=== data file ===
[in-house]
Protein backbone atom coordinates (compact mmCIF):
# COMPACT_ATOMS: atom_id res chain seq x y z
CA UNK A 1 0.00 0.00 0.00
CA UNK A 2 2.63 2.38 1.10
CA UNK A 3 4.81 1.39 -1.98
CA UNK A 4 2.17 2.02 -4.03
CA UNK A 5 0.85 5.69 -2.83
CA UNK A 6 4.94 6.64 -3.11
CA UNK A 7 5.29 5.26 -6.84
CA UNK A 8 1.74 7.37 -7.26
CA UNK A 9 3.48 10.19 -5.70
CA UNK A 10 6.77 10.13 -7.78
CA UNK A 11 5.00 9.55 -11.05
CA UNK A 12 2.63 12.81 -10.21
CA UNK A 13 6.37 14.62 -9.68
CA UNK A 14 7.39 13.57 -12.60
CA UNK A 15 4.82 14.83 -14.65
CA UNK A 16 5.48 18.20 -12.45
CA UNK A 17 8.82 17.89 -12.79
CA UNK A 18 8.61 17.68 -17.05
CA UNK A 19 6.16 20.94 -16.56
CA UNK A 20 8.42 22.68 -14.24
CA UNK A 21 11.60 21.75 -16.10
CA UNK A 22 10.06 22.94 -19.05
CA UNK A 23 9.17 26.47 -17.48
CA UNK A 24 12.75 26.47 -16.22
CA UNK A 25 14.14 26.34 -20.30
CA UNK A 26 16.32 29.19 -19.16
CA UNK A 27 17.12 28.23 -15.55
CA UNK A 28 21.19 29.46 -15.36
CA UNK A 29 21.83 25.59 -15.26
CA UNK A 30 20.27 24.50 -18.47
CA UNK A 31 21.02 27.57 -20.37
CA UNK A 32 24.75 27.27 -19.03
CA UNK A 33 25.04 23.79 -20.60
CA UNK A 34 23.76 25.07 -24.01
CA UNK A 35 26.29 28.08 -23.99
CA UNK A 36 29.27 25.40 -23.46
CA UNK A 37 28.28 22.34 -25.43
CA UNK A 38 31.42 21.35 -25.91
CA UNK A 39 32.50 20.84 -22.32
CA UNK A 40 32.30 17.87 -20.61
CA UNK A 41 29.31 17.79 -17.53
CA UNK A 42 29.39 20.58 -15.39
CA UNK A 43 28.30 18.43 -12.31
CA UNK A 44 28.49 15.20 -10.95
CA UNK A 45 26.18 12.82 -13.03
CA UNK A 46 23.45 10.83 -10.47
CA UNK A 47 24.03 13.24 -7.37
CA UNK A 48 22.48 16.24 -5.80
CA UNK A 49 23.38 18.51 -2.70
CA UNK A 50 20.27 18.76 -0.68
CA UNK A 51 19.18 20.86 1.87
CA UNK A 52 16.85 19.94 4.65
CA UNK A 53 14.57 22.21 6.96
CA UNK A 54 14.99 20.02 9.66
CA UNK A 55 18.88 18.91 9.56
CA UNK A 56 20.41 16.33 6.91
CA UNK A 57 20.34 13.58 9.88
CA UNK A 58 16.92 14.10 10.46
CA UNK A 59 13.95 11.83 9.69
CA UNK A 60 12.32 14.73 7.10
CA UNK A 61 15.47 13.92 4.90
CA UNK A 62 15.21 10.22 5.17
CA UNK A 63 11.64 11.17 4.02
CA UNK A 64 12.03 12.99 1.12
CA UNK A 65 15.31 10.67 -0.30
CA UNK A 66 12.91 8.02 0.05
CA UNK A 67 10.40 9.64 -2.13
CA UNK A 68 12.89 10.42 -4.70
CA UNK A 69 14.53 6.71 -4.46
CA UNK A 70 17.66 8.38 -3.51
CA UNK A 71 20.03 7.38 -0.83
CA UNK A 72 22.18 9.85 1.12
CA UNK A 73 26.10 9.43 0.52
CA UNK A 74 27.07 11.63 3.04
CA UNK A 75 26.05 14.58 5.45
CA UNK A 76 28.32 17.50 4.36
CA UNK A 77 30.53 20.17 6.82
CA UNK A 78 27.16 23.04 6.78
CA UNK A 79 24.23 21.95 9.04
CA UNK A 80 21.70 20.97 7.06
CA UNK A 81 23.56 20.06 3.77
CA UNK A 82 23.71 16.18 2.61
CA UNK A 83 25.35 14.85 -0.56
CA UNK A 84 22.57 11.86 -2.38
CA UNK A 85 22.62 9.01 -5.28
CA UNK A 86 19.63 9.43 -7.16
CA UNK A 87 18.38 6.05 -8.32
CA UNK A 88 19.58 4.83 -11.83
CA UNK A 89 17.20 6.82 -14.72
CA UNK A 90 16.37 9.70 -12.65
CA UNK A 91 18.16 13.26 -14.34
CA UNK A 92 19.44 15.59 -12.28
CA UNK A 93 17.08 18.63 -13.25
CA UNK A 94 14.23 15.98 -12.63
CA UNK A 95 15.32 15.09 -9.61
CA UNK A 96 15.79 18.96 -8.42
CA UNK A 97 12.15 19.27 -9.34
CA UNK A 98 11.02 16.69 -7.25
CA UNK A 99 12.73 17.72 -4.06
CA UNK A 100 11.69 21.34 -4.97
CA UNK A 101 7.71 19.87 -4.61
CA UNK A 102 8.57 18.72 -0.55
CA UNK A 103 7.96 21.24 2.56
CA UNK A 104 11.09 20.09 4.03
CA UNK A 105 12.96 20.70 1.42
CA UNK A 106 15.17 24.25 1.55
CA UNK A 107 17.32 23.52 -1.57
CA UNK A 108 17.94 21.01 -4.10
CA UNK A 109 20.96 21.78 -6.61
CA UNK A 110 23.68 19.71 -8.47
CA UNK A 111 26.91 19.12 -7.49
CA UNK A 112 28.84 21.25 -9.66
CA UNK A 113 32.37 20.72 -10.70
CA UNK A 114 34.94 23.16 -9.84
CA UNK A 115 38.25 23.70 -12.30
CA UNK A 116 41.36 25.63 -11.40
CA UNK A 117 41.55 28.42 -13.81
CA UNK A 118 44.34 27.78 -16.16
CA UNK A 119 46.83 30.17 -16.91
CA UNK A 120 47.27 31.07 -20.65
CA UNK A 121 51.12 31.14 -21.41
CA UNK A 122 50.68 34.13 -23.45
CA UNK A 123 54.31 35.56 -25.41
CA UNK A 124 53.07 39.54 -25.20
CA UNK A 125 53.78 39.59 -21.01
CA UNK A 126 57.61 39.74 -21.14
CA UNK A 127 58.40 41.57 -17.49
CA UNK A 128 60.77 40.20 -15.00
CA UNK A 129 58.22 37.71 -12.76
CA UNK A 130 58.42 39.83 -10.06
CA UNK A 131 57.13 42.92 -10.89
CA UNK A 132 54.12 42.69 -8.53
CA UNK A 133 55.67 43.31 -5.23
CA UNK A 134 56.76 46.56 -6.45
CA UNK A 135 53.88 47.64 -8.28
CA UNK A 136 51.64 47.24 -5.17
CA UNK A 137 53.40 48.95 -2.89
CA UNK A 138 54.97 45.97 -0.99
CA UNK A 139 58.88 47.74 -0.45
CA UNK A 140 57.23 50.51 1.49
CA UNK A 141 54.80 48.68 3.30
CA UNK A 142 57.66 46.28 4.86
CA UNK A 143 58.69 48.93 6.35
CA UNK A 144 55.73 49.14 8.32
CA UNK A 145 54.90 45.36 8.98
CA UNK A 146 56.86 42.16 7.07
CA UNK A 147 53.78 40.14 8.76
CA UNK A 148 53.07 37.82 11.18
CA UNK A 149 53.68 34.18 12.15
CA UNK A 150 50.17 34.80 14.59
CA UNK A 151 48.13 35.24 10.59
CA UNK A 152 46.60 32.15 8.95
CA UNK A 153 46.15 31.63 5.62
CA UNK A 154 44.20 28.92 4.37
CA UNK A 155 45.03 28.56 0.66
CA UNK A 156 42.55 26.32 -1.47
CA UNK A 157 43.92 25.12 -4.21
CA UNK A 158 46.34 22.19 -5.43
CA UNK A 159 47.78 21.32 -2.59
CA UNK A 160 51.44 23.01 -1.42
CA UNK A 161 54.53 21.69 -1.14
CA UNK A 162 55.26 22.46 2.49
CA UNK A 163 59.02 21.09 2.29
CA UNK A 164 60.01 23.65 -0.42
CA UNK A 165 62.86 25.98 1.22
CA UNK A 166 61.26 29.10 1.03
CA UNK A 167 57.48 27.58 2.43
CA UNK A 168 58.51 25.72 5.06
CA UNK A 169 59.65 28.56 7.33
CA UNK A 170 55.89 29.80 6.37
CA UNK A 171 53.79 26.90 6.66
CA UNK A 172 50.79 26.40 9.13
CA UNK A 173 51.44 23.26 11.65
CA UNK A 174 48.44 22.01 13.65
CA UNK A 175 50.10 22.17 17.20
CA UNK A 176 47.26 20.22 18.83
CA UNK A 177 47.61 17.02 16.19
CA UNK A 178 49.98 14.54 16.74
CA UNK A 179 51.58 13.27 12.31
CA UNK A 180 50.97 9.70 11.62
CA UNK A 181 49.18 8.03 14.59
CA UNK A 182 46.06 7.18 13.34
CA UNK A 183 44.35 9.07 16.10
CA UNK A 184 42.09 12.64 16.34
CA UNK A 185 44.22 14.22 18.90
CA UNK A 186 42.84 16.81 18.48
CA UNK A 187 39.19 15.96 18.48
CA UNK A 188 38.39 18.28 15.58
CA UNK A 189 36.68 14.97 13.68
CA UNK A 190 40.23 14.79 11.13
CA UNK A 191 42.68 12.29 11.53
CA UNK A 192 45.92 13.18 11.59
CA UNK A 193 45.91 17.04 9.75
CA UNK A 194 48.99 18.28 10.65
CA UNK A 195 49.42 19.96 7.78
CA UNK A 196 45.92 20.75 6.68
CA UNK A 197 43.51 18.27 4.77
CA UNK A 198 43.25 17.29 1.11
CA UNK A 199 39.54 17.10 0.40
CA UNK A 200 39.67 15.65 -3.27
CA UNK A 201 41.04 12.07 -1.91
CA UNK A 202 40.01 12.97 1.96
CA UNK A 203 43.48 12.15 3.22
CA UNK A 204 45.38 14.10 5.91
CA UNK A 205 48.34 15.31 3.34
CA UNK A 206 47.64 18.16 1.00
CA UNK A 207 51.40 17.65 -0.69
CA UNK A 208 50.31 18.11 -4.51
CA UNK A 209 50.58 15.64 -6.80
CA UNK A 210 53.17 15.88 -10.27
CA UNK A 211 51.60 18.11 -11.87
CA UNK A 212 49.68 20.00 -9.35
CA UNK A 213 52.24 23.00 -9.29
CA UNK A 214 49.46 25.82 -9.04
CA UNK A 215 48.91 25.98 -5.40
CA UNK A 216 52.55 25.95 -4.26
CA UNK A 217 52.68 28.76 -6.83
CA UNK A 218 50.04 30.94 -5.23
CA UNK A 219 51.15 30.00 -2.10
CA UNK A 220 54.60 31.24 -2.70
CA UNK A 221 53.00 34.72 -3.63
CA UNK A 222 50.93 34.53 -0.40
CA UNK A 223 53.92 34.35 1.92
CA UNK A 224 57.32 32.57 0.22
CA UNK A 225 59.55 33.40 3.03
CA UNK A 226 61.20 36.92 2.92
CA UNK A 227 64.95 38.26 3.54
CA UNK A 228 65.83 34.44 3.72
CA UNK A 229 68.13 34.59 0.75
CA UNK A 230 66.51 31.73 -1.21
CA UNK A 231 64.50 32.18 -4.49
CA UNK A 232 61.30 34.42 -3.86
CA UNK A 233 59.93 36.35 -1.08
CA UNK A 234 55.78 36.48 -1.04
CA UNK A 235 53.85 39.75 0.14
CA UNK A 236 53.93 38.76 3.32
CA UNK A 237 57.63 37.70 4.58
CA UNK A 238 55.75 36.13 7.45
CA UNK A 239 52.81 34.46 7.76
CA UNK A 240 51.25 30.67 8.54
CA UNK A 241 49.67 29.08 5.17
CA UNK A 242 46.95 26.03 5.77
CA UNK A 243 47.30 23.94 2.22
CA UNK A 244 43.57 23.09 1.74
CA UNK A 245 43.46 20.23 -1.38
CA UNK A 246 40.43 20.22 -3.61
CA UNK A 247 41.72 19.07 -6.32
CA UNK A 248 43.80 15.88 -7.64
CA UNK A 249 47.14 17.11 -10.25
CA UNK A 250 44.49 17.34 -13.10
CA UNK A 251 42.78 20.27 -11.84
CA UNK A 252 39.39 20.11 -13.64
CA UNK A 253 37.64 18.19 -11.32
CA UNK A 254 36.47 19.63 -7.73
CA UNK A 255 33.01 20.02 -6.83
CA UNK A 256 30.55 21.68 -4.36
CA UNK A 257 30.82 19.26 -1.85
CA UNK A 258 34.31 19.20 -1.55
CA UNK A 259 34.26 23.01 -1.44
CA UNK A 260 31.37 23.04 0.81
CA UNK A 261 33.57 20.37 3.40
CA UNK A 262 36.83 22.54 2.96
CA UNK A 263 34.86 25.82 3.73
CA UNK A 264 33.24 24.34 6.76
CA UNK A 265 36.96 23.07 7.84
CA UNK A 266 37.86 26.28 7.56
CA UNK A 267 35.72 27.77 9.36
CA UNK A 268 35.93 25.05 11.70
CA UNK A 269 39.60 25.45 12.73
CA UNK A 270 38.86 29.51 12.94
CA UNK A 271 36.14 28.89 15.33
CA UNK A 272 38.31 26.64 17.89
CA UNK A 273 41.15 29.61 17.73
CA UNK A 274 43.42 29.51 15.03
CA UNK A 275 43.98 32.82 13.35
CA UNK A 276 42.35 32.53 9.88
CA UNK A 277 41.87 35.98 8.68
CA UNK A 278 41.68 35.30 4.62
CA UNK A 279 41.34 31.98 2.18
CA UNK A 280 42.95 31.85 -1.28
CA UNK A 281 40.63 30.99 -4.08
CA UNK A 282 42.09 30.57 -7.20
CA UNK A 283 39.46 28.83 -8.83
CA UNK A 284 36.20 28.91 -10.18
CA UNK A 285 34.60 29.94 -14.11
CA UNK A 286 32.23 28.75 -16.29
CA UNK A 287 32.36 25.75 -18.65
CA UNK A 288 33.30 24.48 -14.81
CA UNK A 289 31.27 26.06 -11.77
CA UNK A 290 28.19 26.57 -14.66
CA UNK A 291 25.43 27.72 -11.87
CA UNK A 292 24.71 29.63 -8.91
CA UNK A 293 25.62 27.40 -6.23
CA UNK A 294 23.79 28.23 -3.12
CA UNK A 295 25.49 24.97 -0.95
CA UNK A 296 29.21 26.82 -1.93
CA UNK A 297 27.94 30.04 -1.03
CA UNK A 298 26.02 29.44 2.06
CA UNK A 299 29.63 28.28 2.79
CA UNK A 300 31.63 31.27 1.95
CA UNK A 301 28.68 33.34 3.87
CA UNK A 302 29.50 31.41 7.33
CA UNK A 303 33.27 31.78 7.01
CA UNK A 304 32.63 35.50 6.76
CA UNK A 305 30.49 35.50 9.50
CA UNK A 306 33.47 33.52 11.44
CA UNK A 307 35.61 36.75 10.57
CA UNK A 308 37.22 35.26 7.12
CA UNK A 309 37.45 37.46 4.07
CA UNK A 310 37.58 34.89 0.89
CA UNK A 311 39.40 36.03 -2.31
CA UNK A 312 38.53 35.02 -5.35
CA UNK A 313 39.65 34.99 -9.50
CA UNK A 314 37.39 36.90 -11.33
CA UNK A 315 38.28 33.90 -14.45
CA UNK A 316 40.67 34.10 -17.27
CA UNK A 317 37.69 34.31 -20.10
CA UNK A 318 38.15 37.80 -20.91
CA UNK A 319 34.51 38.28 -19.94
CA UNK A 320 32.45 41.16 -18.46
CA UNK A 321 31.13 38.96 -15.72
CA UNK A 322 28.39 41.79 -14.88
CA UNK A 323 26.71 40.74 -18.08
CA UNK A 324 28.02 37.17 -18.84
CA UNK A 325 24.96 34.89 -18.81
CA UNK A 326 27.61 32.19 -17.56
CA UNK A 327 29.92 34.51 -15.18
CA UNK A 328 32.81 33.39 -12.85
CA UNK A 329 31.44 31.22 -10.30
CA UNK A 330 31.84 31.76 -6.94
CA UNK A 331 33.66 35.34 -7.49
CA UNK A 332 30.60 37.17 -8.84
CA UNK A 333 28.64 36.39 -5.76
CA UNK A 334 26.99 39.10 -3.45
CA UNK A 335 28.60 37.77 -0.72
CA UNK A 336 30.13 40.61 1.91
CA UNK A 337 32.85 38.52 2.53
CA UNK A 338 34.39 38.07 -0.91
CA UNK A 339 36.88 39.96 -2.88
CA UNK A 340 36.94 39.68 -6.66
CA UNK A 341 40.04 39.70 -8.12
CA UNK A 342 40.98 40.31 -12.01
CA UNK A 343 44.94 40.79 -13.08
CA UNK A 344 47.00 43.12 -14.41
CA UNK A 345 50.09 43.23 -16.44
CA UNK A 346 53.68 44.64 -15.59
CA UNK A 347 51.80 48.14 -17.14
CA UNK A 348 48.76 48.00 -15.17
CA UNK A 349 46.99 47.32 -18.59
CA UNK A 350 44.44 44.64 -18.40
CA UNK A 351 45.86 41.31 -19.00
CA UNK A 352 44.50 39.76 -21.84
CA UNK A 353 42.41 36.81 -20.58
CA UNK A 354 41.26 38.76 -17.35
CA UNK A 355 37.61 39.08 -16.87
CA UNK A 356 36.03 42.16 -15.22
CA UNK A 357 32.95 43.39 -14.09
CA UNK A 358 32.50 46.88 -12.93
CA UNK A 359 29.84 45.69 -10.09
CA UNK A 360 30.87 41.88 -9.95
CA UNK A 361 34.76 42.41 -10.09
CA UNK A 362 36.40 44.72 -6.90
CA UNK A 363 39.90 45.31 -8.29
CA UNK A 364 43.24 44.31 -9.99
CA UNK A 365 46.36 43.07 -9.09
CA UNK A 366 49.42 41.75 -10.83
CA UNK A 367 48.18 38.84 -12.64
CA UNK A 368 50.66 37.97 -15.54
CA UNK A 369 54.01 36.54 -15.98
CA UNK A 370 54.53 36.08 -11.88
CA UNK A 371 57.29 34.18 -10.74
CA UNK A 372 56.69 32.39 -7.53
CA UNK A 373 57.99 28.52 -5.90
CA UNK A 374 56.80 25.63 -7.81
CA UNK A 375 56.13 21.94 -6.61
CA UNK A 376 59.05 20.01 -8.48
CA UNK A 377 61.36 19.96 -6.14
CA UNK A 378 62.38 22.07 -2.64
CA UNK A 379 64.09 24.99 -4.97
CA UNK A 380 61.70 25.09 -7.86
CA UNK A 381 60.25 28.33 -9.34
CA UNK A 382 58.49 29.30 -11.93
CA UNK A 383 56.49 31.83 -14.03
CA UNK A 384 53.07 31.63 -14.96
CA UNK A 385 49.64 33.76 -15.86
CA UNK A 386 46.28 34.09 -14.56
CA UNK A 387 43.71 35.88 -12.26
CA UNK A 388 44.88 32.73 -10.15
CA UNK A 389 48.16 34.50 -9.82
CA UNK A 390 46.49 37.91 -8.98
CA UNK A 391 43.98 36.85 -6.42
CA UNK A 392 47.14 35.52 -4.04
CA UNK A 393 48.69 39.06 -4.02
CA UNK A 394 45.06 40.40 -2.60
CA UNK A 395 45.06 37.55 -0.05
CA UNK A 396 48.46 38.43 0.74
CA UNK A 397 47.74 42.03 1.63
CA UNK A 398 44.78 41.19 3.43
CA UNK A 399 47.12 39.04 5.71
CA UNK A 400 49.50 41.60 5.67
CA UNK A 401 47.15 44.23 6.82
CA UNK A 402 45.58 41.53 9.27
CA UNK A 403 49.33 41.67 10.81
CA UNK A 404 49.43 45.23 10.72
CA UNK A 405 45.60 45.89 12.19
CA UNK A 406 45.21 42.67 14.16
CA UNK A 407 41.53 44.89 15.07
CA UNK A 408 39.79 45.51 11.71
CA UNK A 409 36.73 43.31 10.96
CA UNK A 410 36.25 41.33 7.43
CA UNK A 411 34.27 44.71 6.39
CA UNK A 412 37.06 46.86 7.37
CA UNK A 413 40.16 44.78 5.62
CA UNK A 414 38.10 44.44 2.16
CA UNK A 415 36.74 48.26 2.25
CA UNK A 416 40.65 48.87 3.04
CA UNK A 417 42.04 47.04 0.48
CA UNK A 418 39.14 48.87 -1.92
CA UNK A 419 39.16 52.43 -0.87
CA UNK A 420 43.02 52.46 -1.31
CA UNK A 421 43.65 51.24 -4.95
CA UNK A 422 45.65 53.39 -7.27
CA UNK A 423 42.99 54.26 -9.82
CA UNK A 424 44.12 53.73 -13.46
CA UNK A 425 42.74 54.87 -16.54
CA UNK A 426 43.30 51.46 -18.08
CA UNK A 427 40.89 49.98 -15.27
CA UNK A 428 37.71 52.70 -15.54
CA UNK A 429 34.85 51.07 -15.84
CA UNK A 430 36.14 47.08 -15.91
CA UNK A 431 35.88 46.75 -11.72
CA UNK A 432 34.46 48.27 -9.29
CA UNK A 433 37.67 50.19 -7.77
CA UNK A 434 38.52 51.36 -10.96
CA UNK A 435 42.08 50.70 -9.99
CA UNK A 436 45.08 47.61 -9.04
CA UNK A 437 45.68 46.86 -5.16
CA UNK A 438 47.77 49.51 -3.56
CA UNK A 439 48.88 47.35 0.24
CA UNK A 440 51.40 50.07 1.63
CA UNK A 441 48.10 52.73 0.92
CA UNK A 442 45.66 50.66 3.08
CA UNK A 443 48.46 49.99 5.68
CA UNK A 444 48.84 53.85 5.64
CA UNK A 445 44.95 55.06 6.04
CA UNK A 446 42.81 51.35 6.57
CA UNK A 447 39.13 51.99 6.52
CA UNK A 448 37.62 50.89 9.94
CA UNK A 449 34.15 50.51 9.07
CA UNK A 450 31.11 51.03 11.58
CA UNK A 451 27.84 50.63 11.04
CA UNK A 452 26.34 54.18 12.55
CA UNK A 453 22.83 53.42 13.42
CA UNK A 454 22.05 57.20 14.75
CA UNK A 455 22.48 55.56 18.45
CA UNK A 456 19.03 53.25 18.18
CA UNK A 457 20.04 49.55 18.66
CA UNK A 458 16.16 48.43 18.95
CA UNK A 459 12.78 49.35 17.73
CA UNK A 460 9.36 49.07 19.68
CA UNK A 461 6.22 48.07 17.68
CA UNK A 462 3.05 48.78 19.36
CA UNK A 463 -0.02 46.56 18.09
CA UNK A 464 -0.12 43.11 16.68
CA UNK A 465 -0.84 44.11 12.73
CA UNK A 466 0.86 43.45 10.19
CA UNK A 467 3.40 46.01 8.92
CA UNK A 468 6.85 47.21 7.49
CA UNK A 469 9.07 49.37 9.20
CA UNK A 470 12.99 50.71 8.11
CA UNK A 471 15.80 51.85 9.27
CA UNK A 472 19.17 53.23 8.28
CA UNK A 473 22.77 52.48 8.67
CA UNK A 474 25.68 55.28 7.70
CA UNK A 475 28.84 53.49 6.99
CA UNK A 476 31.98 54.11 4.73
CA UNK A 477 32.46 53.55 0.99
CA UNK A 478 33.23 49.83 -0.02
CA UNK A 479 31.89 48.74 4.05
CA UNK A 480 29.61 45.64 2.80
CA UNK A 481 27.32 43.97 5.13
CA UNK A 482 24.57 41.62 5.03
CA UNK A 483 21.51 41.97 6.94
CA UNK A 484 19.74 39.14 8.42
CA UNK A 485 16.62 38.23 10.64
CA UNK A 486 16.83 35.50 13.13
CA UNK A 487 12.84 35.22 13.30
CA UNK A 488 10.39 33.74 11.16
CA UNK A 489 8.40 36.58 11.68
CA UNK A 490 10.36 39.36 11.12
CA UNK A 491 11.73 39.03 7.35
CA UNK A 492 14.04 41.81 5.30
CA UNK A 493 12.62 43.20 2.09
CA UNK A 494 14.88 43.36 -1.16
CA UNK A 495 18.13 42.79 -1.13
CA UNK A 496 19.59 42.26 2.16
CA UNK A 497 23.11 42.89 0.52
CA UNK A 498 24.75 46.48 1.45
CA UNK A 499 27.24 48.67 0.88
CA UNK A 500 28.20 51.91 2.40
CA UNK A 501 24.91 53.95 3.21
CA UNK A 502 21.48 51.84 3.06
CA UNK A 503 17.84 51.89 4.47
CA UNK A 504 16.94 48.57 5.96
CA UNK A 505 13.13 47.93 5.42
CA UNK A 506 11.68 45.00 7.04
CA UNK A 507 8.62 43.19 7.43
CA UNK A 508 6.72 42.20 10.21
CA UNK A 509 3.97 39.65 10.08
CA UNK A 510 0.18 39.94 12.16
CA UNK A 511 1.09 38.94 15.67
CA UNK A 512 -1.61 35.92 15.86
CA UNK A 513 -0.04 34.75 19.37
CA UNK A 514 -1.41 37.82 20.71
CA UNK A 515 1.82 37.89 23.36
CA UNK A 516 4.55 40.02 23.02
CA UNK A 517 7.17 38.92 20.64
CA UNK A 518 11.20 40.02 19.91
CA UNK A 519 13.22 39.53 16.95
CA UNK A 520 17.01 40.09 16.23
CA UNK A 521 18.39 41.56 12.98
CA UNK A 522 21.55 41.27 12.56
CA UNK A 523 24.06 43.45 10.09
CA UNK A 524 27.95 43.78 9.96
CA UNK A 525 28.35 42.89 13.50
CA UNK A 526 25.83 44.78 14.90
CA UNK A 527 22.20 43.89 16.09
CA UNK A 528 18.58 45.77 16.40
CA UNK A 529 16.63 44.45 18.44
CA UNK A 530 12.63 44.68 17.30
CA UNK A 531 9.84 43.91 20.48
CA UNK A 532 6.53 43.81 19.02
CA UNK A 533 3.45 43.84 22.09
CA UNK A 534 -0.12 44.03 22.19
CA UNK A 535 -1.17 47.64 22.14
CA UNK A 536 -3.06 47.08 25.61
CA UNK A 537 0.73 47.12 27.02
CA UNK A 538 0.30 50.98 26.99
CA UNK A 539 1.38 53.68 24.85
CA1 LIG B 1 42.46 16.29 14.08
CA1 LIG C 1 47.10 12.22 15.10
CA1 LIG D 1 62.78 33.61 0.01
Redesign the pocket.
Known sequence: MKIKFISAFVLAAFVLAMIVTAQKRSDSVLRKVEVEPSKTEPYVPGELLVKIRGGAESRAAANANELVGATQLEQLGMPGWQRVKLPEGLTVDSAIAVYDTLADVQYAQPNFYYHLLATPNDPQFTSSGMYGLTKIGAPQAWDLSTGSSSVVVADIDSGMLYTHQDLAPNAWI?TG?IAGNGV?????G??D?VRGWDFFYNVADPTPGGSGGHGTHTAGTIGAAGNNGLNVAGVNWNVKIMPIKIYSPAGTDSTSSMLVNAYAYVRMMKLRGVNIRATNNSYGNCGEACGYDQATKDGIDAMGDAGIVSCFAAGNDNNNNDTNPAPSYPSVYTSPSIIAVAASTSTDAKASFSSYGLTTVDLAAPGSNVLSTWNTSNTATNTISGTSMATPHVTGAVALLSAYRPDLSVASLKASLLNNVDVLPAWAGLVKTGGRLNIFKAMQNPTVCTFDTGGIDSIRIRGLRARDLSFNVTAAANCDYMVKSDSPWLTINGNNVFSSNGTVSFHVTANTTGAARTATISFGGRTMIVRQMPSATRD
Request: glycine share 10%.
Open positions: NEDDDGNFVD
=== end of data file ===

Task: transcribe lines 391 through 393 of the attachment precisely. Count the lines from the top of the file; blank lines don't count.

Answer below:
CA UNK A 388 44.88 32.73 -10.15
CA UNK A 389 48.16 34.50 -9.82
CA UNK A 390 46.49 37.91 -8.98